Infinite

When it happened, it felt like just another day.

It was my best friend’s friend’s birthday. We weren’t very close to the friend, but the best friend was insistent we be present to celebrate it. We had a Photo Cake ordered, and decided to cut it on the beach. I was skeptical about even coming for the whole thing, and so was another friend of mine. We didn’t mind, but at the same time, there were so many other things we had to do that day. It was during our final Semester of undergrad; there were practicals and project submissions that had all been piled up for the end.

I was tired. Most of the time, I felt unbelievably tired.

Anyway, we met as planned. We did the usual stuff required of a surprise: with gasps and “I DID NOT EXPECT THIS MUCH”, cake cutting, sitting around and talking, taking pictures (it was way before the Selfie craze though). We did not know this friend very well, but in that moment, all of us felt happy and connected. We gave away most of the cake to passersby, and proceeded to talk about things completely outside our routine. After talking about teachers and submissions nonstop, it felt refreshing.

Then, at that moment, I still don’t remember what caused me to drift away from the group- the group that felt way more cohesive than it had been an hour before and a group that I was happy to be a part of, but I did. I walked towards the sea, brimming with the energy that comes from being around people who are easy to talk to.

I was close enough to smell the saltiness of the seawater, but still a good distance away from getting drenched. It was getting dark by then, and that only made the waves seem fiercer and prettier at the same time. The scene ahead of me looked so…expansive. I felt so small in comparision, and that oddly felt amazing. It was like the sight of the waves washed away my petty fears, tucked it into a box labelled “irrelevant”. The universe seemed huge and my worries seemed so insignificant. I had finally, finally zoomed out of my small world and what lay ahead of me seemed both beautiful and terrifying at the same time.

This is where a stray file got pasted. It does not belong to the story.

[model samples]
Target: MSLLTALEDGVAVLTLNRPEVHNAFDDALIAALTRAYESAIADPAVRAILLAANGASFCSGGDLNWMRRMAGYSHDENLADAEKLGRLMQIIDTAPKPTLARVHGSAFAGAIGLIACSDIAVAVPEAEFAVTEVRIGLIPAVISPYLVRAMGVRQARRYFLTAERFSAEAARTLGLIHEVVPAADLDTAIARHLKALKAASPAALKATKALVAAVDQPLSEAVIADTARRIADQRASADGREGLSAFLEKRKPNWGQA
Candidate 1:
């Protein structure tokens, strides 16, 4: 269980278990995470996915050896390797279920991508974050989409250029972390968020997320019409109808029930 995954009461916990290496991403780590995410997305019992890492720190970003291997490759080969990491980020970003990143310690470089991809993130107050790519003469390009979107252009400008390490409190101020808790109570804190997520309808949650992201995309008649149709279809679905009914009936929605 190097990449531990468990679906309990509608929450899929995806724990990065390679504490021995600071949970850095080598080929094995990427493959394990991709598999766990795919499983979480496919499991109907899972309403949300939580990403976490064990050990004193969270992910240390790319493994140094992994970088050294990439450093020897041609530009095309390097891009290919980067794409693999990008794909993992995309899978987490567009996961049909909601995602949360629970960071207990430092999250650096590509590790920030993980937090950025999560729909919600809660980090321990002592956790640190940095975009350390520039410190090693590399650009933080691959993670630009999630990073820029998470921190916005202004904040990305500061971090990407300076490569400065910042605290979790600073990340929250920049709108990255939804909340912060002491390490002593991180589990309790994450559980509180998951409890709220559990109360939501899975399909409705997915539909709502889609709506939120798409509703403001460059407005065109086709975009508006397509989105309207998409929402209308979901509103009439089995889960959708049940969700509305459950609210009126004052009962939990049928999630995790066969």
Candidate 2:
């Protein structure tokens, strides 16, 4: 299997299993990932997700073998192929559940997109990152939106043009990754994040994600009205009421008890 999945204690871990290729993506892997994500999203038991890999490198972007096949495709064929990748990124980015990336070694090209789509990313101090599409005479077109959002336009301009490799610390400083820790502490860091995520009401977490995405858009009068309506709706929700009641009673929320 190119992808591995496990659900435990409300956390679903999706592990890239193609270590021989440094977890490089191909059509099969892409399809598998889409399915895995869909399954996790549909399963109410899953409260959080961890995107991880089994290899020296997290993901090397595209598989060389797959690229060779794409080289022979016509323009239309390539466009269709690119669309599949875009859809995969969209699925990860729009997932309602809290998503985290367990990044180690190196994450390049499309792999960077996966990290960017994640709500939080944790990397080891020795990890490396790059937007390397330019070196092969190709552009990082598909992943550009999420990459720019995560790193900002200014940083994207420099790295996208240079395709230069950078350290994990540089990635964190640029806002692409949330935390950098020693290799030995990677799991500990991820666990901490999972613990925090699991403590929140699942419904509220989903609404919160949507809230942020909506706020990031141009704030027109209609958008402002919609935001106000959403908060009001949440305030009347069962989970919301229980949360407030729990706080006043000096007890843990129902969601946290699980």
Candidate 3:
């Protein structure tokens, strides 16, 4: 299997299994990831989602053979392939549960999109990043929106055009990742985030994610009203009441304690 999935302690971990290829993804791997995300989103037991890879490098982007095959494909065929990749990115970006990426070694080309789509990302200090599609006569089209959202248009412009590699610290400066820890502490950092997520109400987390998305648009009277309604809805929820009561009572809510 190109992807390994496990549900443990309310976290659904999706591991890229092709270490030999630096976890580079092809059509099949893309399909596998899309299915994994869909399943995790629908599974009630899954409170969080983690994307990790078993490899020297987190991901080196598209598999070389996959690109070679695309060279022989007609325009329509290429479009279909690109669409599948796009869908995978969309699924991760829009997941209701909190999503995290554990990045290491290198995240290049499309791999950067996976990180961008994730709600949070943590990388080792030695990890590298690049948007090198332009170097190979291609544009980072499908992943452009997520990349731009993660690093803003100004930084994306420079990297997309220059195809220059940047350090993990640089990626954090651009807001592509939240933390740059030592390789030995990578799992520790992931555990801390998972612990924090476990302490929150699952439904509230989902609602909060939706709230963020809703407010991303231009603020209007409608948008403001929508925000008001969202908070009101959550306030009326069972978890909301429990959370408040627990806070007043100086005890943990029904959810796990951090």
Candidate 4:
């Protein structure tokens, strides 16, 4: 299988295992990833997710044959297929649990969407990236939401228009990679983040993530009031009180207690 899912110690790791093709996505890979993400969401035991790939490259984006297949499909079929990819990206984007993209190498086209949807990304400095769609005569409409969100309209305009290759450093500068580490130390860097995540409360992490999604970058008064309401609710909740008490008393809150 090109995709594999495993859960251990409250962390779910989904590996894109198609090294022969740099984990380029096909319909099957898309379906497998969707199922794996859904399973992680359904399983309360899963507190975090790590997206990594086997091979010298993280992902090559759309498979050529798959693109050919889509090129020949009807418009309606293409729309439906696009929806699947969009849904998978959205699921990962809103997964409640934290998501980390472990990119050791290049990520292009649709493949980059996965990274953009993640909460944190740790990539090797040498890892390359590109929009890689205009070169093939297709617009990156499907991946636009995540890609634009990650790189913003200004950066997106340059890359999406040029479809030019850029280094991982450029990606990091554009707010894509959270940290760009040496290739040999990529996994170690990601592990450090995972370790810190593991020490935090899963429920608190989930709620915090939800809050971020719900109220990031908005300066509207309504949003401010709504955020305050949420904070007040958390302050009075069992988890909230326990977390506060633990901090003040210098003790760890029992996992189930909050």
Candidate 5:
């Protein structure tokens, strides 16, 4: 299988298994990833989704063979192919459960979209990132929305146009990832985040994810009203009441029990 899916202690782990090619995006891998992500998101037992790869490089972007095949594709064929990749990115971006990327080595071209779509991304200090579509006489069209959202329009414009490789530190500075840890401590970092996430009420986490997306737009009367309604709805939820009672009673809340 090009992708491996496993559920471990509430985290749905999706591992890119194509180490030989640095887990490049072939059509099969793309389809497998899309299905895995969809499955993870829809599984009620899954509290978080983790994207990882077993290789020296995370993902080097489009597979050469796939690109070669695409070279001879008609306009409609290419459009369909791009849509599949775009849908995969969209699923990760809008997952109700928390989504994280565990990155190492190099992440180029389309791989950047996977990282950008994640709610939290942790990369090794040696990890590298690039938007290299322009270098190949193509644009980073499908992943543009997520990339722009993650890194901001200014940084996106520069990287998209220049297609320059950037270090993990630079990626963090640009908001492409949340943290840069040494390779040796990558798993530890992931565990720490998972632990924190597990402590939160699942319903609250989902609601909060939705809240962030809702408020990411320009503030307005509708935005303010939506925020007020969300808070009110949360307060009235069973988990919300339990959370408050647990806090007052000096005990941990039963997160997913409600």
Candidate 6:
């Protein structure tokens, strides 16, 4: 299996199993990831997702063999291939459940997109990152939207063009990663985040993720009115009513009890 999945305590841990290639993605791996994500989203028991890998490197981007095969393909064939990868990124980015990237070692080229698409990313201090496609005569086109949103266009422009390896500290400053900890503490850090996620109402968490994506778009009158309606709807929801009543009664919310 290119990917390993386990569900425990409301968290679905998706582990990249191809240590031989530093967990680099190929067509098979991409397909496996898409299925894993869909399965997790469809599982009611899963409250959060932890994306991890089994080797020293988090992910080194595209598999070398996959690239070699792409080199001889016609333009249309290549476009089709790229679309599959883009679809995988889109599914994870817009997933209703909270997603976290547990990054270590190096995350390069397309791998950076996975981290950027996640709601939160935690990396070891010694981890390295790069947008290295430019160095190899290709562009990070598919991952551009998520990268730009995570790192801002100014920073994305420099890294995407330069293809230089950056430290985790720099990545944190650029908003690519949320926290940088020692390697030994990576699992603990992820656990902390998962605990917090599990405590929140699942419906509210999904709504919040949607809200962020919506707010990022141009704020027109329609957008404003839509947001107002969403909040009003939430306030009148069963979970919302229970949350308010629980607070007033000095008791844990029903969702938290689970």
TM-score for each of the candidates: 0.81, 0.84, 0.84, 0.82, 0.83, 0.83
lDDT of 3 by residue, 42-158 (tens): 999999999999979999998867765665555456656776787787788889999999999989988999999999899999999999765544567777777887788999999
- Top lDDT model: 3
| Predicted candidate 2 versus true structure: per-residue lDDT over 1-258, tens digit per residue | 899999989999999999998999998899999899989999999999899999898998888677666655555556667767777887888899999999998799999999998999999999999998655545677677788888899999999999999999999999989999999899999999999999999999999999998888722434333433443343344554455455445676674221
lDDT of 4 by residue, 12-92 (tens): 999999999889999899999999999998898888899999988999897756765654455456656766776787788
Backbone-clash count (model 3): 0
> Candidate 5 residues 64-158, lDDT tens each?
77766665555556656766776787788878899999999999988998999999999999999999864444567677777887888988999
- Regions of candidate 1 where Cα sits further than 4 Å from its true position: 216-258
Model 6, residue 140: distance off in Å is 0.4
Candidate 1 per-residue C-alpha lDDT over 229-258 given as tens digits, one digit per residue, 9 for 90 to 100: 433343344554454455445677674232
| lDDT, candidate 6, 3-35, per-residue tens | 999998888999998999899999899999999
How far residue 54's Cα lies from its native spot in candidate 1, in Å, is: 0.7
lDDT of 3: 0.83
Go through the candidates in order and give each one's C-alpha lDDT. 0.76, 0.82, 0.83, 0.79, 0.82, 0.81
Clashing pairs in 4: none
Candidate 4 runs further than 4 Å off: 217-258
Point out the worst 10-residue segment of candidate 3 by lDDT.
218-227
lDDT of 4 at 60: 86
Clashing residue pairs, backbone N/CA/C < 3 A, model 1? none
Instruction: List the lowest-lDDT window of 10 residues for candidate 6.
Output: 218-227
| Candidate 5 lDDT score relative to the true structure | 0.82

My heart surged, as instead of figures and tables that made up my record, I thought of the magnificence of the relationships I’d forged over the years. I thought about how tenuous yet how important human connection was, as I simultaneously felt more in tune with everything than I had in ages. I had read about peak experiences but it wasn’t until that moment that I understood it. Looking back on that day still gives me strength and the will to move past tough times.

This post is a part of the activity by Housing.com

#StartANewLife: The Leap

It was three hours away, this new world I was going to move into. I had no idea what it looked like. I’d only heard about it, through a senior. And I was going to do my Masters degree there, after much deliberation of the pros and cons of various other places. It was three hours away, and I was going to live away from home for the first time ever.

There was apprehension, but there was also excitement. I had heard different stories about hostel life: the lack of privacy, the need to be careful, but also the feeling of family, the fun and the independence one got. Actually living it was a whole different thing, though. Nothing could’ve prepared me for it. There was so much freedom, hidden under the belt of responsibility. There was so much freedom, I wanted to use it well. There was so much I learned: from cleaning my room, riding a cycle (I’d never taking off the training wheels as a kid) and from the people, people who were so different from my friends back home.

I learned to trust these people, and when I got to know them better, I didn’t regret the decision to let them in. I loved the cycle rides, the extra classes we signed up for ranging from Spanish to Taekwando… I loved the feeling of the wind in my hair as I learned to let go, and just be. Without the context my previous life gave me, I started to discover who I really was.